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Doctors demand outstanding allowances



MASERU – STATE doctors say they will not work extra hours until the government pays them their outstanding allowances.

The doctors say the government owes them call allowances for the past five years. Now they say they have had enough of the government’s empty promises. They say they will not work after knock-off time, weekends and public holidays.

They say they will only attend to critical patients at odd hours in honour of their professional oath.

Dr Mojakisane Ramafikeng, the president of the Lesotho Medical Association (LMA), told thepost that the job action starts today.

“It is almost five years now that our allowances have not been paid,” Dr Ramafikeng said.
Dr Ramafikeng was quick to mention that doctors working under the Christian Health Association of Lesotho (CHAL) are not part of the job action.

Dr Ramafikeng said they discussed the allowance issue with the Minister of Health Selibe Mochoboroane and his team in December last year.

He said Mochoboroane pleaded with them to continue working while they work on paying their allowances.

Dr Ramafikeng said their delegation then presented the ministry’s request to the members but they refused to back down.

He said the members told them that they would not be on call until their outstanding allowances are paid.

Dr Ramafikeng said the government ignored a High Court order to pay the allowances.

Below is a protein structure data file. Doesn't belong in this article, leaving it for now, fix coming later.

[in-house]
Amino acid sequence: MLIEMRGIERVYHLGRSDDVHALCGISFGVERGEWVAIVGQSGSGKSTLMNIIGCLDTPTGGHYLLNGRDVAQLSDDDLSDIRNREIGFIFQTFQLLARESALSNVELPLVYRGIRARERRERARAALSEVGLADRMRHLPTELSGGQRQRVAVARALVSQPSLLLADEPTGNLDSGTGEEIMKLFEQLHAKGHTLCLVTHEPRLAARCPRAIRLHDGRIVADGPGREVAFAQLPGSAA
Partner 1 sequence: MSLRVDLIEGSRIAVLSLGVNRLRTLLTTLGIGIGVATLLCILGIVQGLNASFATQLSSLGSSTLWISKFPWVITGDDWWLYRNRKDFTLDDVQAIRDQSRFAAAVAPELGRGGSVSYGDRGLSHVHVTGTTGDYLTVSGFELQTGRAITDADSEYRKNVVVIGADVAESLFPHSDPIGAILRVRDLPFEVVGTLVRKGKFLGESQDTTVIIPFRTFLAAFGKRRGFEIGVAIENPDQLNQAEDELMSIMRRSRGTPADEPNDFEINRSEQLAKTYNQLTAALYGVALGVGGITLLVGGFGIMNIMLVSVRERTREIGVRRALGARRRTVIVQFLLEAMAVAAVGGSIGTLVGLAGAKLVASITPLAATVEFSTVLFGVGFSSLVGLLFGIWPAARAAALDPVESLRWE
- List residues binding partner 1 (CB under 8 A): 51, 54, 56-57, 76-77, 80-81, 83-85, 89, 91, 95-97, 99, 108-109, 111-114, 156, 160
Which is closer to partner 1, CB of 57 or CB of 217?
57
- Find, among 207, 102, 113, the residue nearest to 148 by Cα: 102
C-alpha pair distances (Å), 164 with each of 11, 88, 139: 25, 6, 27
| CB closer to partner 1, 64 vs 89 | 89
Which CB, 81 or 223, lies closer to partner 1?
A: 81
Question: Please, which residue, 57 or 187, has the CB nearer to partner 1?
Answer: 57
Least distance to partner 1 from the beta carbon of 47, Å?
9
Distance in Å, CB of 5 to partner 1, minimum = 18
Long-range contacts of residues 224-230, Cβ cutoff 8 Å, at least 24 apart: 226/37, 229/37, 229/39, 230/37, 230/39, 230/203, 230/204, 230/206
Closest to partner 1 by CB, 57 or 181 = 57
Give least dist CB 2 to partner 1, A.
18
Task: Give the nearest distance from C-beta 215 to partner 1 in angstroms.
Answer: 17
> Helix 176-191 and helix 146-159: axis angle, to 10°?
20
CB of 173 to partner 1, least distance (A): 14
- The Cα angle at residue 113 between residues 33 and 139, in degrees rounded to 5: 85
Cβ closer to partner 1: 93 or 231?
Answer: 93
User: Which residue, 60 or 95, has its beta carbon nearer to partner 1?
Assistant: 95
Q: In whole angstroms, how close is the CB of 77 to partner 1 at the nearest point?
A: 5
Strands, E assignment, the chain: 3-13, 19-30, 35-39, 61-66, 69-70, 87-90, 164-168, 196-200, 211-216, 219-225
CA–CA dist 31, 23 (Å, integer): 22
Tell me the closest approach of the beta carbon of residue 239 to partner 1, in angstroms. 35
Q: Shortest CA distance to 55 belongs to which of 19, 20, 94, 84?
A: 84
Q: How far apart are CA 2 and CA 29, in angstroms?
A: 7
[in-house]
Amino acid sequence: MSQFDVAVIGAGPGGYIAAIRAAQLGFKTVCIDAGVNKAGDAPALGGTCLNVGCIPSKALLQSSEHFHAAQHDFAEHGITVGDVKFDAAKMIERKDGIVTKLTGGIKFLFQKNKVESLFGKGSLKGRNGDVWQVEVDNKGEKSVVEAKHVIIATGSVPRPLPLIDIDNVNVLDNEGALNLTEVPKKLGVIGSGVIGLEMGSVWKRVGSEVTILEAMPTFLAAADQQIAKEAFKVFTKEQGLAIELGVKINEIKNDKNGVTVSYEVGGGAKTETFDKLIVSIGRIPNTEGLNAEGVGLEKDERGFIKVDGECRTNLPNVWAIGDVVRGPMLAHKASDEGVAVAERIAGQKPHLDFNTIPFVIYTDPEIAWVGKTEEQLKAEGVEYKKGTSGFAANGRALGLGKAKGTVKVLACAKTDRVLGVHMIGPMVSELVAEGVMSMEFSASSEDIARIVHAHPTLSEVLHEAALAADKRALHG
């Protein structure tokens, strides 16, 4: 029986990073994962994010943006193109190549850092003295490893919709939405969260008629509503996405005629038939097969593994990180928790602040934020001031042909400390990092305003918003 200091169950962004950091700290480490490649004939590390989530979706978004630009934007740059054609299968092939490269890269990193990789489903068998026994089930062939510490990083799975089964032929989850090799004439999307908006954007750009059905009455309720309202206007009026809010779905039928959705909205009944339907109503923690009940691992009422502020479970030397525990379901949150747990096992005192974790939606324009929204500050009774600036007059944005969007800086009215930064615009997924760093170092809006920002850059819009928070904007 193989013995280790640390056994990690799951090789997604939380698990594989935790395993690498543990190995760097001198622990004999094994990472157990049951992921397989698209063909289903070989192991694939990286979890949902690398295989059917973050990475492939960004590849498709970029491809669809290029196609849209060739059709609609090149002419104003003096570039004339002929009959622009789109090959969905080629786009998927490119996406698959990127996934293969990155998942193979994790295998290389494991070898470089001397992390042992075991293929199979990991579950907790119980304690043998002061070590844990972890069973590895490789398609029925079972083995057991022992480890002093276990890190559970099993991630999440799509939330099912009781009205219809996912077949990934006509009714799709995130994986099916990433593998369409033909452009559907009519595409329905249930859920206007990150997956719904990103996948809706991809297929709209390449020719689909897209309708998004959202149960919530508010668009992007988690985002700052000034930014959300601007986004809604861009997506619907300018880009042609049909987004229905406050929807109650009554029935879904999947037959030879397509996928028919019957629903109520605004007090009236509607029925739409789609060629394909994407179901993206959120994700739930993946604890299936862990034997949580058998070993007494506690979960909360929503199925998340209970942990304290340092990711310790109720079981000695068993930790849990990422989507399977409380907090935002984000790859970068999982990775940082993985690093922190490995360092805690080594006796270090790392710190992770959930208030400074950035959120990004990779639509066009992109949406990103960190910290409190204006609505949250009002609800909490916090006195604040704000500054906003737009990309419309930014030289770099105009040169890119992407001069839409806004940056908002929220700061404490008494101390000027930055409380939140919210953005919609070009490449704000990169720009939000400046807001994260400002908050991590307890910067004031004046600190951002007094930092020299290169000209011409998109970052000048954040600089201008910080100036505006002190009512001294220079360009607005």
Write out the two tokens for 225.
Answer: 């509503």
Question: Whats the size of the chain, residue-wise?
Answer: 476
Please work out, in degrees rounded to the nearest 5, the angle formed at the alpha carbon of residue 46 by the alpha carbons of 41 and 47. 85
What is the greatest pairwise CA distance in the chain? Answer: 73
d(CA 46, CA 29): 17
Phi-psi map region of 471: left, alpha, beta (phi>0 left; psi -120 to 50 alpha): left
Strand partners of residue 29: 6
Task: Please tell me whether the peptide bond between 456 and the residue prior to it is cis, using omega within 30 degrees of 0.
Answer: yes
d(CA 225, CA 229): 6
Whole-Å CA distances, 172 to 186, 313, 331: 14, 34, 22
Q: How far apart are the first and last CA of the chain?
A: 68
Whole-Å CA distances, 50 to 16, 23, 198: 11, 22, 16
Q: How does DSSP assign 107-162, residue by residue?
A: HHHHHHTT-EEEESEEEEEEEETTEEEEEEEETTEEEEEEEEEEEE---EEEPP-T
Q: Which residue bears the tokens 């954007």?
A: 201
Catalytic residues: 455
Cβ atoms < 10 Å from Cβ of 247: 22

“Now we do not have an option but to stop being on-call,” Dr Ramafikeng said, adding that the on-call allowance has been fixed at M600 per month since 1995.

“This was not even the law but just a practice by the government,” he said.

He said the government has however failed to pay even that paltry amount whose value had been eroded by inflation over the years.


Doctors have been working for free for the past five years, he said.

He said they are not going to let the patients die but there “will be no doctors at night”. They would still attend to accident victims and expectant mothers with complications.

“We would not let patients die. We have organised some measures through which we would save the lives of the desperate patients.”

“We have not taken an oath to work for the patients free of charge.”

Dr Ramafikeng said at their December meeting, Mochoboroane told them that he was still new in office and was yet to study some issues.

’Mamolise Falatsa, the public relations manager of the Ministry of Health, said the ministry is committed to dealing with the doctors’ grievances.

Falatsa said the Ministry of Public Service has since issued a savingram detailing how the allowances will be paid.

She also said the ministry told the doctors that their outstanding allowances would only be settled in the next Fiscal Year.

Falatsa said the doctors were asked to submit their claims so that they could be consolidated and submitted to the Finance Ministry.

“Tomorrow (Friday) should be the last day to submit the claims to the ministry,” Falatsa said.

Majara Molupe & Rethabile Raletsosa

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